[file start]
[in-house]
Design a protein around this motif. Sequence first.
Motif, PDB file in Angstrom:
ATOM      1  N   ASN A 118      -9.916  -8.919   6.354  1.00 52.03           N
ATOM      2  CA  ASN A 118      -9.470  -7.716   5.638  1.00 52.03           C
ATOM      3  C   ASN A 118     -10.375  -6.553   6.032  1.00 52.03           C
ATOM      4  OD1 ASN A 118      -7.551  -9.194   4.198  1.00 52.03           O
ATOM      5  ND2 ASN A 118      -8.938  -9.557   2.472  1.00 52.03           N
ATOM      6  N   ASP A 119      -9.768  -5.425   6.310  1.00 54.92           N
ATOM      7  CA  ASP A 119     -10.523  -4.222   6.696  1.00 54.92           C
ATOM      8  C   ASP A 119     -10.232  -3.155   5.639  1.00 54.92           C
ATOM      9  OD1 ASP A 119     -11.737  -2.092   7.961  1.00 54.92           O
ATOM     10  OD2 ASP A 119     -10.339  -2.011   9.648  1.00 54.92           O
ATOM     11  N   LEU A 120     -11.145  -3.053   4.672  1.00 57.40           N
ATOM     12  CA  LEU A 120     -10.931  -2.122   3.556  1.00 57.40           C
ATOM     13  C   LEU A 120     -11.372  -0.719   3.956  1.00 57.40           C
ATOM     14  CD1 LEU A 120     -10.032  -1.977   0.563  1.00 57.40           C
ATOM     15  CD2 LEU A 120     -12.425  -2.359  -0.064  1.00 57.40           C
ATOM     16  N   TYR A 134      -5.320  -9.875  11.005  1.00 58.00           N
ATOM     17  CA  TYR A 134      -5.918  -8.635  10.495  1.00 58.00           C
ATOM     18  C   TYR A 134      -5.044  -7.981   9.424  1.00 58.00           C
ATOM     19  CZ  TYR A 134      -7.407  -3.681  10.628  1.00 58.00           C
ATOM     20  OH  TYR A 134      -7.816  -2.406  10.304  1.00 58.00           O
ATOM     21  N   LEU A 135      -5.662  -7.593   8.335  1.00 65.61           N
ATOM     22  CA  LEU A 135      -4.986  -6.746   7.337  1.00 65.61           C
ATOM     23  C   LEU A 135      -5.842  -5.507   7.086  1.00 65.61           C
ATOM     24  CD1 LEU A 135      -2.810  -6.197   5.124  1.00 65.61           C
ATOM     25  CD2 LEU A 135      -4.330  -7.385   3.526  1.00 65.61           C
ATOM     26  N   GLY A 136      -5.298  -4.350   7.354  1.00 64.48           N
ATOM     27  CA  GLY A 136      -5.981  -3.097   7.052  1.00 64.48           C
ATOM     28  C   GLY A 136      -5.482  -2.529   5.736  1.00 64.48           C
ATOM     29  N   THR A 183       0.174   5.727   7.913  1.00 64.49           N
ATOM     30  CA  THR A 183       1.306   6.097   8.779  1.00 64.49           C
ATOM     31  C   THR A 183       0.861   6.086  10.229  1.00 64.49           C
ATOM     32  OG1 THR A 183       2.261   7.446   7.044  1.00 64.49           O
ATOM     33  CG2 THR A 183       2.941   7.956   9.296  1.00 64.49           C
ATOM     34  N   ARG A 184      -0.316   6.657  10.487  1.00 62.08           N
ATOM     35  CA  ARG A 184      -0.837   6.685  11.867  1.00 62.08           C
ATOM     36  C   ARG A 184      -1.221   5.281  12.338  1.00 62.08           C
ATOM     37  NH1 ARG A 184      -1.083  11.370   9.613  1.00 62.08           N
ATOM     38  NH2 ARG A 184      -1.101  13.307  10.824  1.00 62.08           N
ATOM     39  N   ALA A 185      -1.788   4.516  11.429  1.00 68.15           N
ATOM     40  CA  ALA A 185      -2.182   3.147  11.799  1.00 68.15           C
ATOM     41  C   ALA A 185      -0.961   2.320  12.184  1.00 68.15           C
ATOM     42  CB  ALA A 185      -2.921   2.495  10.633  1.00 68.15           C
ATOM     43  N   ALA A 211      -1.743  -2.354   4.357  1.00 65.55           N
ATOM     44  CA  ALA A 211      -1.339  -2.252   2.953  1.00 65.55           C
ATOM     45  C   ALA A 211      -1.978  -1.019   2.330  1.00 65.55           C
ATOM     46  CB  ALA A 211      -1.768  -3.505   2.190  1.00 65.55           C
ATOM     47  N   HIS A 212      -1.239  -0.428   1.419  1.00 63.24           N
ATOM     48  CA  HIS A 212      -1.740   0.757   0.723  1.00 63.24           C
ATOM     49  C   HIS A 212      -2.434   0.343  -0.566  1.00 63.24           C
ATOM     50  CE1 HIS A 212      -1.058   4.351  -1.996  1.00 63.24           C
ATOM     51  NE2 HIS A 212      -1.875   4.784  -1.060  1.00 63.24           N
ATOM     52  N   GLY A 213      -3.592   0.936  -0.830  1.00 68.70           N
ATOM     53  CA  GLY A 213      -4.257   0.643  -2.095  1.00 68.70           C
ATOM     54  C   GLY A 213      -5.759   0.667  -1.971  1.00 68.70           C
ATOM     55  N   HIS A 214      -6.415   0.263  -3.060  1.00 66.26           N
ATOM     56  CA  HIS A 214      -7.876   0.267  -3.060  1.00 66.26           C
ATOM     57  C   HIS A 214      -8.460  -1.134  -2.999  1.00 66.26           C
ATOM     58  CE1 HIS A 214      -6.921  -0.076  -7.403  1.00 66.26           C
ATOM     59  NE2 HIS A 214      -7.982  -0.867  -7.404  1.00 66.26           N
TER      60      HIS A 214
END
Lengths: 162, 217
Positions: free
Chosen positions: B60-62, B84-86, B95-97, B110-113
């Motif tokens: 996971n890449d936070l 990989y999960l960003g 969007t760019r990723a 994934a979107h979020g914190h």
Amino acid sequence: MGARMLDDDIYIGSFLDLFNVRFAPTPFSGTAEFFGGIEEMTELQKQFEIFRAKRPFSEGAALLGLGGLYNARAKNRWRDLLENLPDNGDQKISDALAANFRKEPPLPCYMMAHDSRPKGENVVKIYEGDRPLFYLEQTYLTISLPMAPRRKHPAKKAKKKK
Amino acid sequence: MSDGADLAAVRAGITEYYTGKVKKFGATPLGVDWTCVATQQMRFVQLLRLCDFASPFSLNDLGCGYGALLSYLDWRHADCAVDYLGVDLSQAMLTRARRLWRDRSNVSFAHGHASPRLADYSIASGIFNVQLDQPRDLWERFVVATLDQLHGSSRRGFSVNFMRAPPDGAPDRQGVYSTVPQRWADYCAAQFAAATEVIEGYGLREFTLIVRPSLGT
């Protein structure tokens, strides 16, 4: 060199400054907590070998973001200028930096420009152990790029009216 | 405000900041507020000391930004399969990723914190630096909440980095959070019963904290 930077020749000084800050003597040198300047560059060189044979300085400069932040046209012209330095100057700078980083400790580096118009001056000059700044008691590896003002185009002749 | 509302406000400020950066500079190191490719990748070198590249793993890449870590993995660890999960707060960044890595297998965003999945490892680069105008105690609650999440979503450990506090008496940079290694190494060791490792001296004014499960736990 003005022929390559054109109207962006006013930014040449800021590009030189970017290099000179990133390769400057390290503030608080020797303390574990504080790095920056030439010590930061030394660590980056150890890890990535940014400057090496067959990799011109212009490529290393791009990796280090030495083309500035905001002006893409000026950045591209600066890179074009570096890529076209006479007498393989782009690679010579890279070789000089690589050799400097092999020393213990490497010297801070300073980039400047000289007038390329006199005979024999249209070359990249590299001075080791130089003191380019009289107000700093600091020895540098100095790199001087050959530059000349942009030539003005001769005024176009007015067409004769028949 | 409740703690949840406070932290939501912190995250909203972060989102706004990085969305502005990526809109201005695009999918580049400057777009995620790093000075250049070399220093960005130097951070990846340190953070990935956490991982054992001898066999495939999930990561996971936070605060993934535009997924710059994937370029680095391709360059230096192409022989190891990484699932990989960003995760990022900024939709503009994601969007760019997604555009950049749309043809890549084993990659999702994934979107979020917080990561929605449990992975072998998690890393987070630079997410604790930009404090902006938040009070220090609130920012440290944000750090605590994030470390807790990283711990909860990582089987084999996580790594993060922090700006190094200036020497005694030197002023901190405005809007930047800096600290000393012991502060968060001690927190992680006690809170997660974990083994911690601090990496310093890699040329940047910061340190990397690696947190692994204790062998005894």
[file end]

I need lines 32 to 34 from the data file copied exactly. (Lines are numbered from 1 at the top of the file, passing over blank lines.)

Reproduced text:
ATOM     29  N   THR A 183       0.174   5.727   7.913  1.00 64.49           N
ATOM     30  CA  THR A 183       1.306   6.097   8.779  1.00 64.49           C
ATOM     31  C   THR A 183       0.861   6.086  10.229  1.00 64.49           C